All day it had rained with the ferocity of a winter downpour. In fact, up at Simon Fraser University — a place acclaimed for having its own climate — where I work, I stared in horror as thick raindrops pounded my office window. I rubbed my eyes. It looked an awful lot like sleet.
But by the time our team had gathered near the False Creek Recreation Centre, the rain had vanished and the area was bathed in benevolent sunshine. It seemed eerily fitting that Dianne, our captain, had chosen this night to tell us about a legendary Chinese practice to appease the water folks’ water deity, the Dragon. We learned that it was customary for the Chinese to offer human sacrifices to the Dragon. We nodded in nervous agreement as Dianne suggested we do something more civilized to appease our version of Dragon gods — our coaches.
Judi, Susan and Carol were called forth to accept talismans in little plastic bags. Dianne told Don he would be appeased at a later day with a special gift. Oh, oh, maybe our modern day version of this fertility ritual would still involve the sacrifice of a novice paddler. Everyone vowed to pull their weight on the water from here on in, especially after Carol’s remark when she accepted her gift: “Is this edible?”
Perhaps it was the fear of being roasted alive at some novice barbecue; perhaps it was the headiness of watching Mother Nature transform a dark day into a delightful evening. Or maybe, it was just that our time together had gelled. From the moment we paddled out from the dock that night, every stroke of our paddles was filled with confidence, power and harmony.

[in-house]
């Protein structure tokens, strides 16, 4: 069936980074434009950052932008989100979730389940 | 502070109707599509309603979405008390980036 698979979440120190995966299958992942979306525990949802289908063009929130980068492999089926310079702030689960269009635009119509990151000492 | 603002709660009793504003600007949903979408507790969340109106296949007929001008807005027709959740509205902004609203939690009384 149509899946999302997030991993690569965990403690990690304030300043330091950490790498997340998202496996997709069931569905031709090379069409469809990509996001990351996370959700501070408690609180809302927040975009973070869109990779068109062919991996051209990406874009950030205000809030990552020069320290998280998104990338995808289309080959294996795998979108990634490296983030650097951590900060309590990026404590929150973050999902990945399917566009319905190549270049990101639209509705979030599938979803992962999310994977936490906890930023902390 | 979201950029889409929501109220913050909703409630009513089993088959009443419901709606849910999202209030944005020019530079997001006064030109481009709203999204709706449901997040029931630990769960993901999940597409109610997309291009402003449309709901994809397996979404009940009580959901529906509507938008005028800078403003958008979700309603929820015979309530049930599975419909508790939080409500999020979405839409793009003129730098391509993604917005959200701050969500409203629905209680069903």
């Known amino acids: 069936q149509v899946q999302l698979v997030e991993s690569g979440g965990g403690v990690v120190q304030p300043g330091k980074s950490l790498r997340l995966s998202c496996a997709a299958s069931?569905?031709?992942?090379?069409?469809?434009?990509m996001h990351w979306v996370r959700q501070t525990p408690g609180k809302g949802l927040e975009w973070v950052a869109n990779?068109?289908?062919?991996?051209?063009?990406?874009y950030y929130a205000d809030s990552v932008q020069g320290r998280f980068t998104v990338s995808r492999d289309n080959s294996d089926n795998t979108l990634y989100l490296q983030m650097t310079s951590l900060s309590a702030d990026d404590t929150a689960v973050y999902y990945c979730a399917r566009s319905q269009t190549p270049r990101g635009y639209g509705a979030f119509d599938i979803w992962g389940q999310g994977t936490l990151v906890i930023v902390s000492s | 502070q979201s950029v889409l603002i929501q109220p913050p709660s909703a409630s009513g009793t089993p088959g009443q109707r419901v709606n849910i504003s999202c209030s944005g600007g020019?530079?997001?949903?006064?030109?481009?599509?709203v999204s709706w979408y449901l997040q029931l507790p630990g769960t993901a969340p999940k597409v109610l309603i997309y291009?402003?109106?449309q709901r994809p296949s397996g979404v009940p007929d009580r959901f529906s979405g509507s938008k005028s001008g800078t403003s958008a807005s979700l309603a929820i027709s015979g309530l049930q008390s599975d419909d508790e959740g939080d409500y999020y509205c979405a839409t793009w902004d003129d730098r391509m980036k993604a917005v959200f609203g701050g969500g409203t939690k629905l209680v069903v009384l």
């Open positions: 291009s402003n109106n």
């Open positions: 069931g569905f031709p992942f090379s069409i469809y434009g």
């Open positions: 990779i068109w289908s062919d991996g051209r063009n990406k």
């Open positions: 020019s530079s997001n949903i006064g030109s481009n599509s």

We moved speedily and easily out to Science World where Don took us through exercises designed to build our speed and challenge our synchronicity. At one point, after Don yelled, “Let it run,” we looked down in silence at the water, our eyes wide with amazement. The dragon boat was speeding so fast it was keeping pace with small-motorized boats. It was in that moment that we knew our minds, bodies and paddles were capable of being one, and our coaching deities — Don, Carol, Judi and Susan — would get us there.
After the practice, back at Sammy J Peppers, the evening’s magic continued to unfold. We got our new Scotiabank team shirts. Like teenage girls primping before a mirror, we giddily pulled on our new fushia pink shirts and showed them off to each other. We then became engrossed in raising a glass of wine, beer or some other intoxicating liquid to toast the night’s success and dug into our dinners.
The conversation at our table was as delicious and complex as the flavours of the great food at Sammy’s. We found out that Don (2004) and Jane (2005) are former winners of the BC Community Achievement Award. We also learned that Carol and Jenny Yule had gone to Victoria the previous week to see someone, whom they had nominated for the 2006 award, receive it.
Like the paddle strokes that reach forward and deep into the water to power our dragon boat and carry us into new waters, our conversation ran deep that night, taking us to a new level of bonding. We talked about our breast cancers: how wonderful it was to be with women who could talk easily about this devastating disease. We reflected on the therapy in sharing fears, sharing secrets, sharing tension-releasing jokes.
Yes, it was a magical practice — a night of advancing our mastery of our dragon boat, of building bonds with our god-like coaches and of appeasing the demons within ourselves.